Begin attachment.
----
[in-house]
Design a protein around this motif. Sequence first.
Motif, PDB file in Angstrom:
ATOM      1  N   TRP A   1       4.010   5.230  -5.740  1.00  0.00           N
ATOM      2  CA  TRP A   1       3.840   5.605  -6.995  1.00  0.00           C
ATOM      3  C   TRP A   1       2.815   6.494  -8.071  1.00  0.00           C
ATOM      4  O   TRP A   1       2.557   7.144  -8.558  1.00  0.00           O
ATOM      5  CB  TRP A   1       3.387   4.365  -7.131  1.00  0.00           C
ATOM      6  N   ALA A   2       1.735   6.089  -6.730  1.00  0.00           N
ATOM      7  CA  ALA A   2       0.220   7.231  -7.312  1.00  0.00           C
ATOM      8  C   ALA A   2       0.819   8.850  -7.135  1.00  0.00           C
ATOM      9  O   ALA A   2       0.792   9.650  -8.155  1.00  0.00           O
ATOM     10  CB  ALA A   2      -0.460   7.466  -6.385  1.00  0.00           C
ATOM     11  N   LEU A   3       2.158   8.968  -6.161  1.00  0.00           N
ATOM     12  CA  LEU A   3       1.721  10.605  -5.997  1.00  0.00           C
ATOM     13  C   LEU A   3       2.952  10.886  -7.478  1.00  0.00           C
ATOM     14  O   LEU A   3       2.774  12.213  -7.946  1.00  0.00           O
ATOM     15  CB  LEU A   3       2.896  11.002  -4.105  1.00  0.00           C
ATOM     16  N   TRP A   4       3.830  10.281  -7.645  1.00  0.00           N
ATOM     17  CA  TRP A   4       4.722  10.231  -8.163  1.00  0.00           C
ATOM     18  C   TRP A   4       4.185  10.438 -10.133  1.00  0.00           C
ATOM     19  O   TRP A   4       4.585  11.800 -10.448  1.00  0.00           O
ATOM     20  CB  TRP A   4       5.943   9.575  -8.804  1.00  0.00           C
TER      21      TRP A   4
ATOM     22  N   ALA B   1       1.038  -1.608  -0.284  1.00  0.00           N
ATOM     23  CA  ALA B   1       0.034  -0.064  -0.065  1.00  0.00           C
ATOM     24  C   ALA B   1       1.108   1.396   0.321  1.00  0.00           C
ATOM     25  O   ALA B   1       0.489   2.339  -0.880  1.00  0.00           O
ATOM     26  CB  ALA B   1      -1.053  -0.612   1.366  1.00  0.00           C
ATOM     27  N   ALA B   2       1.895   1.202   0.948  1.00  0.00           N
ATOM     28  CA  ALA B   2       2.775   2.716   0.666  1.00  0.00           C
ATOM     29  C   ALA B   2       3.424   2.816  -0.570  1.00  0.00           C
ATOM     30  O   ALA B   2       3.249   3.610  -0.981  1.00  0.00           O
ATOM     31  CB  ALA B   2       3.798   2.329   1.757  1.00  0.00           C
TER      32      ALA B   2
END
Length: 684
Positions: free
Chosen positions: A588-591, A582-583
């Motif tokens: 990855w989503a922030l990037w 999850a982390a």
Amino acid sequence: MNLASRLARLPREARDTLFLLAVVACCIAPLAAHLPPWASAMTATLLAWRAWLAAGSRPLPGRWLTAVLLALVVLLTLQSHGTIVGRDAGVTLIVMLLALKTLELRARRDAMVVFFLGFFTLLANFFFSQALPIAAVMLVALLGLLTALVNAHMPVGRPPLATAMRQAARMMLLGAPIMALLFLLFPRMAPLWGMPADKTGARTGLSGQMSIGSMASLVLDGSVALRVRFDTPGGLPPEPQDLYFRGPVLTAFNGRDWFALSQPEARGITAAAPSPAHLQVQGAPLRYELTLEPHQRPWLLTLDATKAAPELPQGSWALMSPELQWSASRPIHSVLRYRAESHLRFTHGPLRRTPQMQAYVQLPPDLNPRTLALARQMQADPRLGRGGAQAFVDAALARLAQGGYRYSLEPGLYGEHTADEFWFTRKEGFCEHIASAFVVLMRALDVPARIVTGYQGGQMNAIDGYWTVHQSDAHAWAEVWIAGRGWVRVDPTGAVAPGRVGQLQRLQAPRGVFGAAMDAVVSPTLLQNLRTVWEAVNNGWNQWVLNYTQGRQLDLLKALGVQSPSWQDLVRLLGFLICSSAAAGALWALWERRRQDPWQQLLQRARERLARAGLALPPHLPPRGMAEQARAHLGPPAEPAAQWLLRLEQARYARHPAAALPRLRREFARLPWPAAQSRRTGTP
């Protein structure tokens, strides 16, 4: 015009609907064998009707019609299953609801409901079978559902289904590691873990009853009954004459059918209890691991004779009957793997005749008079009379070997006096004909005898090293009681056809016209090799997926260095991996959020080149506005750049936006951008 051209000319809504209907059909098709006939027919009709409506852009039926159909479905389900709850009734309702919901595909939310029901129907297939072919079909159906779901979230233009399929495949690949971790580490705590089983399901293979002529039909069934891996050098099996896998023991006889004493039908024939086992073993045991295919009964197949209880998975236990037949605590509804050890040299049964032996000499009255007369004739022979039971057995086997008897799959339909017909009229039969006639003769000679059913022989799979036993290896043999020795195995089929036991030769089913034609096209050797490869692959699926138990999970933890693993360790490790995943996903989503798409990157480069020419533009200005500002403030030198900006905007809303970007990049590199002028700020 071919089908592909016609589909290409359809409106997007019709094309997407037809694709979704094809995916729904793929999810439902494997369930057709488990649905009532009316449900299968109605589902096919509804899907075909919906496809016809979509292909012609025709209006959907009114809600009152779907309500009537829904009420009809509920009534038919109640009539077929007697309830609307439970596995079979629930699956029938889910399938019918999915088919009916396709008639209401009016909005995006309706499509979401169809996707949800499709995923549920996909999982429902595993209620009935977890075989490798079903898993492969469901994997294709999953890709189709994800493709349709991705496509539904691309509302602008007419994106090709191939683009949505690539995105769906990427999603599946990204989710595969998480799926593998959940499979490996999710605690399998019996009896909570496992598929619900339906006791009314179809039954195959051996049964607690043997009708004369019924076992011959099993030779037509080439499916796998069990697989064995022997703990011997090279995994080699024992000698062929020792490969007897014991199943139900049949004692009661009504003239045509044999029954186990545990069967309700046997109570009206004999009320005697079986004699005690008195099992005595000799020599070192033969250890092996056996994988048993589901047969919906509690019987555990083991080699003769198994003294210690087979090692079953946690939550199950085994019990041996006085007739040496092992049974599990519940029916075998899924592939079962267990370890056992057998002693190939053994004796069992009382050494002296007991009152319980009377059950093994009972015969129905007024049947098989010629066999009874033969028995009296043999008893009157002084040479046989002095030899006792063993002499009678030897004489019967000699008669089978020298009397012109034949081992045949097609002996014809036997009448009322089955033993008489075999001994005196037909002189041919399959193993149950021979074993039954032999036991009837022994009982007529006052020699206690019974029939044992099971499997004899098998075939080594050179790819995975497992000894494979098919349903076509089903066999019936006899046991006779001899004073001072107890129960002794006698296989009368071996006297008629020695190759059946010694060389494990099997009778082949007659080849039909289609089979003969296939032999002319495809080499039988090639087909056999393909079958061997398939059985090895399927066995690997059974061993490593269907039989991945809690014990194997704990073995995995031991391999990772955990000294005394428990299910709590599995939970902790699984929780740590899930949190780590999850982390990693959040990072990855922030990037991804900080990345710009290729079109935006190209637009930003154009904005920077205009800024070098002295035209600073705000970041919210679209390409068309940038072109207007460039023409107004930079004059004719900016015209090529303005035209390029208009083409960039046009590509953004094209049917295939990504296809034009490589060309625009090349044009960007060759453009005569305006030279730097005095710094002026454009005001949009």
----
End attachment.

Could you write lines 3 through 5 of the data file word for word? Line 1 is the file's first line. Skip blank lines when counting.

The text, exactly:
Motif, PDB file in Angstrom:
ATOM      1  N   TRP A   1       4.010   5.230  -5.740  1.00  0.00           N
ATOM      2  CA  TRP A   1       3.840   5.605  -6.995  1.00  0.00           C